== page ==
Most U.S. states and the District of Columbia now allow cannabis for medical reasons, recreational use, or both. But information on who's using the drug and how they are using it may still be lacking, especially among older adults. A recent study published as a research letter by Annals of Internal Medicine on Sept. 1, 2020, tried to fill in some of the gaps by using data from the Behavioral Risk Factor Surveillance System (BRFSS), a random-digit telephone survey whose estimates are generalizable to the U.S. adult population.
Coauthor Bill Jesdale, PhD, and his colleagues were specifically interested in looking at cannabis use in nursing home residents, their primary area of research, but found that no data on this group were available. “So we said, ‘What's the first thing we can do? At least look at the prevalence of use among older people,’” said Dr. Jesdale, an epidemiologist in the UMass Worcester PHARE (Pharmacy, Health Services, Aging Research, Epidemiology) Study Group at the University of Massachusetts Medical School.
The study included 171,507 survey participants from 2016 to 2018 who were ages 55 years or older and lived in the 19 states and two territories that opted to include a module in the BRFSS on cannabis use. Participants were asked how often they had used marijuana or hashish in the past 30 days. Average prevalence of cannabis use for all respondents across all study years was 4.9%, with the proportion of men reporting use twice as high as that for women.
Among the whole study sample, prevalence increased from 4.2% in 2016 to 5.9% in 2018. In participants ages 65 to 69 years, use increased from 4.3% to 8.2% in men and from 2.1% to 3.8% in women, with 26.4% of participants in this age group who reported cannabis use saying they had used the drug on all 30 of the previous days. Cannabis use increased in all states in the survey, including those where no type of use was legal. Dr. Jesdale spoke with ACP Internist recently about the study's findings.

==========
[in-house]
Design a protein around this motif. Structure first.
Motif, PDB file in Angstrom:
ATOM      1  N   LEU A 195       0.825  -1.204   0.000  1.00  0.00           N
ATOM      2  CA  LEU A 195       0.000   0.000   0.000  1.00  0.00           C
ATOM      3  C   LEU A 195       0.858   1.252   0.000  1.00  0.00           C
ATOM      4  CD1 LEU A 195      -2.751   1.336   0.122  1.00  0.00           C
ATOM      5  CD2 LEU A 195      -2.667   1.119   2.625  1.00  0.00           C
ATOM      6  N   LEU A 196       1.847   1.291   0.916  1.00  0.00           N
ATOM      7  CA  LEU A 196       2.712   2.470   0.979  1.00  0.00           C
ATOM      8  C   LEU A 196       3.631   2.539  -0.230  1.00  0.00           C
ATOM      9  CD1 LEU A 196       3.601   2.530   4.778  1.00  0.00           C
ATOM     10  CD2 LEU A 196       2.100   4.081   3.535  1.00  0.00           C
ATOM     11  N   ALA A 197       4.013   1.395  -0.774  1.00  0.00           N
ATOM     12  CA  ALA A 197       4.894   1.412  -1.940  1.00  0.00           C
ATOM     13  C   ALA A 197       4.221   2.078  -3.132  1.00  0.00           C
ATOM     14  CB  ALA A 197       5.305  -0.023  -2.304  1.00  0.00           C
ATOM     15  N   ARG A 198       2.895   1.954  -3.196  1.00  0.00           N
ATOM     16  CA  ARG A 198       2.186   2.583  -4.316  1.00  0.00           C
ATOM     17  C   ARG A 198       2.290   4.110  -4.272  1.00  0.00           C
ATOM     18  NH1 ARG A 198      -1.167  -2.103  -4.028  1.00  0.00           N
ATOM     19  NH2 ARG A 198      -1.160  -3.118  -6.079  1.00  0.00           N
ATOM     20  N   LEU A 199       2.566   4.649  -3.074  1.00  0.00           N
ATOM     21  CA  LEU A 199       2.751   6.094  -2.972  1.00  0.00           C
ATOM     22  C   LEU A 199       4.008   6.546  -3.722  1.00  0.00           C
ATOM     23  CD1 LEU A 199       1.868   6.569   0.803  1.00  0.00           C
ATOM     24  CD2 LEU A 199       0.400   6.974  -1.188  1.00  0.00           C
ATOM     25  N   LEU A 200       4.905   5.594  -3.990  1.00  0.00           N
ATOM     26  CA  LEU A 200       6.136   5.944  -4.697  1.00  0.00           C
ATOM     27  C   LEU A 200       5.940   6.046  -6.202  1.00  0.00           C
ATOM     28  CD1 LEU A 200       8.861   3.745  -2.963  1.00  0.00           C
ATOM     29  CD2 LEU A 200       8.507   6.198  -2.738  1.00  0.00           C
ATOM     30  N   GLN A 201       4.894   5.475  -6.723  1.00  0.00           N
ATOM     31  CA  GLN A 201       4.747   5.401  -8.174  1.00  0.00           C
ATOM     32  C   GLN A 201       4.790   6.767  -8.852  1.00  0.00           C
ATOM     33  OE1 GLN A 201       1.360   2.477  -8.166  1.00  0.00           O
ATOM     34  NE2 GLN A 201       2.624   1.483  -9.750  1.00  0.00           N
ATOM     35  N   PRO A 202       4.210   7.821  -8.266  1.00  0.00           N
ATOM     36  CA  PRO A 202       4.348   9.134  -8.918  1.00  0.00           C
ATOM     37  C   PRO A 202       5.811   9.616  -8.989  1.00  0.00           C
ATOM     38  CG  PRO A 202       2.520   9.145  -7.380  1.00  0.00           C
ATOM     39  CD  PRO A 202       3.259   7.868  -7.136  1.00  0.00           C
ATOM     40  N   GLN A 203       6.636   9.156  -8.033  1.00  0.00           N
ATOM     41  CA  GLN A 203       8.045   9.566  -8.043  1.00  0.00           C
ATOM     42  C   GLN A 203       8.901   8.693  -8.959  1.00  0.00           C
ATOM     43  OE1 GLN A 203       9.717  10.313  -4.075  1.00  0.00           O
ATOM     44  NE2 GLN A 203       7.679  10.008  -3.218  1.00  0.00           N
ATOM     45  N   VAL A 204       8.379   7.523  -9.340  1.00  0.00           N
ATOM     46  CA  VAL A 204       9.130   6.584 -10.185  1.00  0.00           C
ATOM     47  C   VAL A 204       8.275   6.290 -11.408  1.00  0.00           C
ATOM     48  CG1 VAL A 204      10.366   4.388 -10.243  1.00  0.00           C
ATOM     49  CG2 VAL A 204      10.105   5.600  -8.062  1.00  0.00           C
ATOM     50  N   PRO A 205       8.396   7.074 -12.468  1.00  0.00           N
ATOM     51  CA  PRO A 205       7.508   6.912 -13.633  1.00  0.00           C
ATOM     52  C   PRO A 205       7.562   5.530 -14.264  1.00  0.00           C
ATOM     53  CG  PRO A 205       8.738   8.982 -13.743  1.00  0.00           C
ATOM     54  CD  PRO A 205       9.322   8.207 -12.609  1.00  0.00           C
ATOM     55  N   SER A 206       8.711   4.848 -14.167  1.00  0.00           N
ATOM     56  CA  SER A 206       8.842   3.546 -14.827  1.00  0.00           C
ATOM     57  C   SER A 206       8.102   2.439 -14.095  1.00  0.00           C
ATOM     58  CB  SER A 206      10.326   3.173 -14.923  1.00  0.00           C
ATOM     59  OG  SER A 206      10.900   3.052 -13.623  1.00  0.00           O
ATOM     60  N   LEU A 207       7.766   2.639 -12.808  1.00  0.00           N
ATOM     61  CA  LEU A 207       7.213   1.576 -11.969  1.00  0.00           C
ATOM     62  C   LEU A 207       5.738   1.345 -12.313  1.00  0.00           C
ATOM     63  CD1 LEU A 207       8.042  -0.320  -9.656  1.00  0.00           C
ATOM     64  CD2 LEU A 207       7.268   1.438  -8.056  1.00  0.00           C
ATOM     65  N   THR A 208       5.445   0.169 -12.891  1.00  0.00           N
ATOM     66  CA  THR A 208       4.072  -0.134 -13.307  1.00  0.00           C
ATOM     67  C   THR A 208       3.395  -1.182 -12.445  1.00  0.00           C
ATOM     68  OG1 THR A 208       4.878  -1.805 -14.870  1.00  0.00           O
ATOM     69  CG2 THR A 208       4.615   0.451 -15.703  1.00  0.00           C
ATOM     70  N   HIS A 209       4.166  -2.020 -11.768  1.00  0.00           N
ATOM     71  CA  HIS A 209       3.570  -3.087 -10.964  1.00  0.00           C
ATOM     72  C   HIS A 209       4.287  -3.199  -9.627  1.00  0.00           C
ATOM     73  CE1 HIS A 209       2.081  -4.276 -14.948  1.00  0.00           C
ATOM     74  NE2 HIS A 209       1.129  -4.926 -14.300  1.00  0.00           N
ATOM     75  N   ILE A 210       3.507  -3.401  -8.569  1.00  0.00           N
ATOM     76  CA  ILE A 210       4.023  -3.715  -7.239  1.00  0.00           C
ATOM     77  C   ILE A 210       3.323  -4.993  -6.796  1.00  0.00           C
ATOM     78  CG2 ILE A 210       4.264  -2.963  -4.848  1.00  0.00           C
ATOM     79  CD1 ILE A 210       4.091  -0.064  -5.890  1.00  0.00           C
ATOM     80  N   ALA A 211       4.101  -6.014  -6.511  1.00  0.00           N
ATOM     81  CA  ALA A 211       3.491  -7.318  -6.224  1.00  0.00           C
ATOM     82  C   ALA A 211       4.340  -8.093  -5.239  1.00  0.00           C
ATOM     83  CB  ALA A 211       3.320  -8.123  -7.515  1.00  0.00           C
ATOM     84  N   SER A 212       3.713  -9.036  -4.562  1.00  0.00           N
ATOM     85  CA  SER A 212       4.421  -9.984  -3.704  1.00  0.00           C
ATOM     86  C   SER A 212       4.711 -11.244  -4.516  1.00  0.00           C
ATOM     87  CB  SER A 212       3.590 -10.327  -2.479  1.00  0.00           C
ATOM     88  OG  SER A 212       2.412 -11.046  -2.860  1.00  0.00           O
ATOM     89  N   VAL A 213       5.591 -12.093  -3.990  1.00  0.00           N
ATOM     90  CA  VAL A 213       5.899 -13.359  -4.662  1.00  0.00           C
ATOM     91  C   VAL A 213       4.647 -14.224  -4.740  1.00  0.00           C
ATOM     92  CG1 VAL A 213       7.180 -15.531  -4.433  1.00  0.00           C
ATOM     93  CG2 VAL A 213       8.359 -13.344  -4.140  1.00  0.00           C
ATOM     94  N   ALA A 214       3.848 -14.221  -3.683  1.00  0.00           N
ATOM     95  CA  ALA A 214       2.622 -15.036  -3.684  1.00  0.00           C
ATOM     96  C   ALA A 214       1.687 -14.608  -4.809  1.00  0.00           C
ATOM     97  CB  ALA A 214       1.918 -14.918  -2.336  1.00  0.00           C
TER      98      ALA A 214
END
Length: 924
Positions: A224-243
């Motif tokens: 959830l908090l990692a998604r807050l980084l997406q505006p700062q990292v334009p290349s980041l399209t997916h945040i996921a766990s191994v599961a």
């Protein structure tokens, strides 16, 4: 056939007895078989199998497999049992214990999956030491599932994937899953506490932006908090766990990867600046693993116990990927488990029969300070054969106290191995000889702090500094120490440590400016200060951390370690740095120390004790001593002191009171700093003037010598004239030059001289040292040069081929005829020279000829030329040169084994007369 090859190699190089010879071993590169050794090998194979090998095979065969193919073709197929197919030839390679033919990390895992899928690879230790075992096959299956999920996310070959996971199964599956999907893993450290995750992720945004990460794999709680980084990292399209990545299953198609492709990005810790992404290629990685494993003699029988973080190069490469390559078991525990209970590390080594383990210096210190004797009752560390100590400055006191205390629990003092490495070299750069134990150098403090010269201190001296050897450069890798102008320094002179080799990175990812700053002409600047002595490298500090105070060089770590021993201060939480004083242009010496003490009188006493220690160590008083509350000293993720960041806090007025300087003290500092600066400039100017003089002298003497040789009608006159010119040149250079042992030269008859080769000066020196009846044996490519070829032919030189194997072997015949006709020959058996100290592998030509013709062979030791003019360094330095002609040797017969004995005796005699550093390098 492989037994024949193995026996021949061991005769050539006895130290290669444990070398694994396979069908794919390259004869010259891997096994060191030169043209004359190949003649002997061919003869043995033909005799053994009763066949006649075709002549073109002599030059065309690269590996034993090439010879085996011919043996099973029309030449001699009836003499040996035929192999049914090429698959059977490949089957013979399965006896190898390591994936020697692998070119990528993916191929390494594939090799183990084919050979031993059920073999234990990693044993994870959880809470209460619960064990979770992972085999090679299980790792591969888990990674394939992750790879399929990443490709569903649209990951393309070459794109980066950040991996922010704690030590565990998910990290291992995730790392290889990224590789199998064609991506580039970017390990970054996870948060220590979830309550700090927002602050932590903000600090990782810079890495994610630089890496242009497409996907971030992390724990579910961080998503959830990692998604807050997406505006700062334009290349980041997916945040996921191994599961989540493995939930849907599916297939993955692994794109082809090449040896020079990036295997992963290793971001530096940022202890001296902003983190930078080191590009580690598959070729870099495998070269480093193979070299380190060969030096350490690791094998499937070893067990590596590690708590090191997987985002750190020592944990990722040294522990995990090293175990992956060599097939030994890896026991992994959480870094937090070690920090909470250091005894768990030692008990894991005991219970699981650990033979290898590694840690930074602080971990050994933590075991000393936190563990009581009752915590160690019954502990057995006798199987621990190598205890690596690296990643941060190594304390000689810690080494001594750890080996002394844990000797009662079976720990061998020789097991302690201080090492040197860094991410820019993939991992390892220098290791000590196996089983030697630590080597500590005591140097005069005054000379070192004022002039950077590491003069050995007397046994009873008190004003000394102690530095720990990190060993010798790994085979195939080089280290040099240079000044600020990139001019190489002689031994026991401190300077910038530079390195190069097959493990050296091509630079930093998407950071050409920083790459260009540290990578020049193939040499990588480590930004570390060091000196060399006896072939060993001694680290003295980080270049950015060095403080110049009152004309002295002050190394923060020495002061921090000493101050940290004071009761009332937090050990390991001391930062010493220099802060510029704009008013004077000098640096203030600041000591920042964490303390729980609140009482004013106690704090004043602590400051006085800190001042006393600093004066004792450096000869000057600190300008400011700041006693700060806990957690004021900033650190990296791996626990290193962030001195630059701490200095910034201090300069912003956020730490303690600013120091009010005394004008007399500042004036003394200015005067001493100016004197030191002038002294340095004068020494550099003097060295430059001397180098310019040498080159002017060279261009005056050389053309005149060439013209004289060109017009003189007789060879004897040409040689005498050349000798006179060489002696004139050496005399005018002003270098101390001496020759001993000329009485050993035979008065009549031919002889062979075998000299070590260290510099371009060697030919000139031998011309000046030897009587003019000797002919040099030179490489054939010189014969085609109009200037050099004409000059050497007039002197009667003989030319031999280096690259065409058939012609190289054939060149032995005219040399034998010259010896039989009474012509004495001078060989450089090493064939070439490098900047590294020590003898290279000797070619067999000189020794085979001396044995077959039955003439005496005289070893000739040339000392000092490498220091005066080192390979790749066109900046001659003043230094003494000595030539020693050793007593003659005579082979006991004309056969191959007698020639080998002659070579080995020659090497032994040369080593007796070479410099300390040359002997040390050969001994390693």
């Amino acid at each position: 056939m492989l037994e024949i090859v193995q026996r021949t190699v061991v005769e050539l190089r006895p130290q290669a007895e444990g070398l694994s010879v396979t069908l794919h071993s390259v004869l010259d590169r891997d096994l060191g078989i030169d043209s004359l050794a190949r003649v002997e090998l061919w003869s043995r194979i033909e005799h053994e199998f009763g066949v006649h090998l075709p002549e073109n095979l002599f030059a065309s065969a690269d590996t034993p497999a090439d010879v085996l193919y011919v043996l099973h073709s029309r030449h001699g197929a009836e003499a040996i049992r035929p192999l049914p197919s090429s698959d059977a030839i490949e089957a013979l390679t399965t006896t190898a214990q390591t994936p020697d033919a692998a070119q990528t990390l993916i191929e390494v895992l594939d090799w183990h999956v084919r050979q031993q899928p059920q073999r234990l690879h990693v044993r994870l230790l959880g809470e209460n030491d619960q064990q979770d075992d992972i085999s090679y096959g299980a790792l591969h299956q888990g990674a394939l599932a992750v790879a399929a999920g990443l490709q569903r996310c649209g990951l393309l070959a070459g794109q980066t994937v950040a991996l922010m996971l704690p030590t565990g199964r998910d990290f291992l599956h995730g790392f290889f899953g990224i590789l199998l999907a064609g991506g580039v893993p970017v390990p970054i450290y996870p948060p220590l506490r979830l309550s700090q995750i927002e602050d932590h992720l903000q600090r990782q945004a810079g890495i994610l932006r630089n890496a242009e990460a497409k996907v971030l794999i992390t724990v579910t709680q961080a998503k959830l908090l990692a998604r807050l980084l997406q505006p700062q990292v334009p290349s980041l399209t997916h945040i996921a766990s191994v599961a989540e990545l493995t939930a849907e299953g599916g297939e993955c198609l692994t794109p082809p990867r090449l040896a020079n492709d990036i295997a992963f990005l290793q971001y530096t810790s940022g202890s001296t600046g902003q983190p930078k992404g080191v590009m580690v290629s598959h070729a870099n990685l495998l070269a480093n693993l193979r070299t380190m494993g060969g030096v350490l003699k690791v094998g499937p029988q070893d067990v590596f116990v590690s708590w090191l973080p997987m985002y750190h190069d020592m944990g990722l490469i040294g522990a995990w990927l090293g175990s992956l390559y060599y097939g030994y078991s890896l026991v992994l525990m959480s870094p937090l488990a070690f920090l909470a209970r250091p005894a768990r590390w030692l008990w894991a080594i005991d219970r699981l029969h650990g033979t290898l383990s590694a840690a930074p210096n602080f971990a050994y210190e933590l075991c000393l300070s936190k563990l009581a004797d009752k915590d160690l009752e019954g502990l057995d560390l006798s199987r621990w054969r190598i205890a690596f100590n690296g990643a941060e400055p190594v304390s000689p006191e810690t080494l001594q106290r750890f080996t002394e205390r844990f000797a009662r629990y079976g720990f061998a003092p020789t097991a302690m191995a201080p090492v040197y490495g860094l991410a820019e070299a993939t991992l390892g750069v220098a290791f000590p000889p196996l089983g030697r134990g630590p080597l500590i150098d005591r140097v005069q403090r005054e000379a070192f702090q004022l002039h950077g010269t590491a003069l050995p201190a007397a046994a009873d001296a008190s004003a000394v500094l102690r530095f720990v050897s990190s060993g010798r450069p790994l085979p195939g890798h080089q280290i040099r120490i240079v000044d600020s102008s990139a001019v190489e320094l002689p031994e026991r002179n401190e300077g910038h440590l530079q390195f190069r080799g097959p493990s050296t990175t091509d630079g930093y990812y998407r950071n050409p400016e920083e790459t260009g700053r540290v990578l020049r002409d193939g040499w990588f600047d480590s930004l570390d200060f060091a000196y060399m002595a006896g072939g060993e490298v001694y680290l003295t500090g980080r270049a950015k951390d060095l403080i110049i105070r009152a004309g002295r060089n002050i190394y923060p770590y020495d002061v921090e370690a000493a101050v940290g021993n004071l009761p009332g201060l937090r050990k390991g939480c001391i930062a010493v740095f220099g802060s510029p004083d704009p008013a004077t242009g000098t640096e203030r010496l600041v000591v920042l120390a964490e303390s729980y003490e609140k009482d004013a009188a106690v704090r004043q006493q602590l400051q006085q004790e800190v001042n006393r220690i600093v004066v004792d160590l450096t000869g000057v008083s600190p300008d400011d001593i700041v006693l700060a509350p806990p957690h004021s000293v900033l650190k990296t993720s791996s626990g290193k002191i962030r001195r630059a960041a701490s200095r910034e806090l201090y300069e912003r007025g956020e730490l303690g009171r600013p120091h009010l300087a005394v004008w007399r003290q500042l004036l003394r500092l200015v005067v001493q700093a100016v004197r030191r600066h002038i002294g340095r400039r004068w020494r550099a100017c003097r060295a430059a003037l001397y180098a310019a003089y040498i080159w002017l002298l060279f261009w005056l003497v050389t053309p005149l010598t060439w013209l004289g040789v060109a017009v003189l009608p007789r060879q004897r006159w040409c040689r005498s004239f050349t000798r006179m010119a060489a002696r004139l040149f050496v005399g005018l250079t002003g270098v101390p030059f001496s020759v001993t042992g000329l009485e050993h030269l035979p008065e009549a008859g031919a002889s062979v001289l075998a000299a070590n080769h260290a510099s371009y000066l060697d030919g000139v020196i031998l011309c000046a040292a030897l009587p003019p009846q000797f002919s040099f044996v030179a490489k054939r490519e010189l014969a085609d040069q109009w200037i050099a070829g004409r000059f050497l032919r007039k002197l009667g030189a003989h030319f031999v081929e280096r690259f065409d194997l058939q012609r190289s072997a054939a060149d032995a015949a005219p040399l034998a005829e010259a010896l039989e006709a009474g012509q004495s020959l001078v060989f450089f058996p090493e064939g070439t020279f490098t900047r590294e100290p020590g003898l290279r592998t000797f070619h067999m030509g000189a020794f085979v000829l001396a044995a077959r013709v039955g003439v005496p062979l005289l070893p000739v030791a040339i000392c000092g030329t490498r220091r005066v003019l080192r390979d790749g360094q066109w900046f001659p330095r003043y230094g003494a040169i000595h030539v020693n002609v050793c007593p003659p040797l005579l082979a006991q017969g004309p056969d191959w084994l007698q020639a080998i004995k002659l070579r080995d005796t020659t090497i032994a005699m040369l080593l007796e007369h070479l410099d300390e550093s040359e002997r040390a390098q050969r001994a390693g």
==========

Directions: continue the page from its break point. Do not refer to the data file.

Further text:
Q: Did you expect your results, or did they surprise you?
A: We were definitely surprised by how rapid the increase in reported use was. I mean, we were looking at just a three-year interval from 2016 to 2018, so we were very surprised to see the prevalence of reported use increase by almost 50%, almost doubling.
Q: What could be some of the potential reasons for that increase?
A: This was secondhand, secondary data, so we weren't doing interviews with people. However, it's quite possible that people are returning to use; that is, people who used marijuana in their youth are now returning back to it now that it's more available. It could be that people are more willing to report use. We really can't tell the difference between those two.
Q: Can you talk a bit about how the increases differed in states where cannabis was legal and where it wasn't?
A: There was definitely a lower baseline of reporting, as you go across that gradient from adult use, to medicinal use, to no use being legal. But starting … from those baselines, they all increased in about the same proportion.